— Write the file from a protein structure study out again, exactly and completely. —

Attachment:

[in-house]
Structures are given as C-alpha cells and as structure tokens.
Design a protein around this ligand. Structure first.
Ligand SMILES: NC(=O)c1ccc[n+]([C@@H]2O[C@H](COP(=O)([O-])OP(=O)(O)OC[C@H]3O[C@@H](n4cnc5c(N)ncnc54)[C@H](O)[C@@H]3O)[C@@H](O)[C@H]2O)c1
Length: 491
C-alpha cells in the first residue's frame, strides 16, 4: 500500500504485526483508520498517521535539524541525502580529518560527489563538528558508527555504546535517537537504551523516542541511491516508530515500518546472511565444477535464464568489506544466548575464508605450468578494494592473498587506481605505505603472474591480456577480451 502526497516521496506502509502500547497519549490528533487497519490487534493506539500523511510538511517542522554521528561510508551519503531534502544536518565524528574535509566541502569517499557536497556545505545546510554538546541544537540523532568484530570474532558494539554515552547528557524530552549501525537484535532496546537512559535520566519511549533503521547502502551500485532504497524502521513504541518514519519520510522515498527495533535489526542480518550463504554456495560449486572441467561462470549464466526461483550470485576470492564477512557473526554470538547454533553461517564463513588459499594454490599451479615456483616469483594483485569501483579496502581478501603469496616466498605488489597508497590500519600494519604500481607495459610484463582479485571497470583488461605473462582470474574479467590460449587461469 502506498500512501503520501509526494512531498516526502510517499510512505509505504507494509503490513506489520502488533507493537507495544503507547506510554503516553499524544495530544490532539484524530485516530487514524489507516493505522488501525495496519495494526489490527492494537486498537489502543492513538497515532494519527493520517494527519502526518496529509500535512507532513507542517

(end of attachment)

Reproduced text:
[in-house]
Structures are given as C-alpha cells and as structure tokens.
Design a protein around this ligand. Structure first.
Ligand SMILES: NC(=O)c1ccc[n+]([C@@H]2O[C@H](COP(=O)([O-])OP(=O)(O)OC[C@H]3O[C@@H](n4cnc5c(N)ncnc54)[C@H](O)[C@@H]3O)[C@@H](O)[C@H]2O)c1
Length: 491
C-alpha cells in the first residue's frame, strides 16, 4: 500500500504485526483508520498517521535539524541525502580529518560527489563538528558508527555504546535517537537504551523516542541511491516508530515500518546472511565444477535464464568489506544466548575464508605450468578494494592473498587506481605505505603472474591480456577480451 502526497516521496506502509502500547497519549490528533487497519490487534493506539500523511510538511517542522554521528561510508551519503531534502544536518565524528574535509566541502569517499557536497556545505545546510554538546541544537540523532568484530570474532558494539554515552547528557524530552549501525537484535532496546537512559535520566519511549533503521547502502551500485532504497524502521513504541518514519519520510522515498527495533535489526542480518550463504554456495560449486572441467561462470549464466526461483550470485576470492564477512557473526554470538547454533553461517564463513588459499594454490599451479615456483616469483594483485569501483579496502581478501603469496616466498605488489597508497590500519600494519604500481607495459610484463582479485571497470583488461605473462582470474574479467590460449587461469 502506498500512501503520501509526494512531498516526502510517499510512505509505504507494509503490513506489520502488533507493537507495544503507547506510554503516553499524544495530544490532539484524530485516530487514524489507516493505522488501525495496519495494526489490527492494537486498537489502543492513538497515532494519527493520517494527519502526518496529509500535512507532513507542517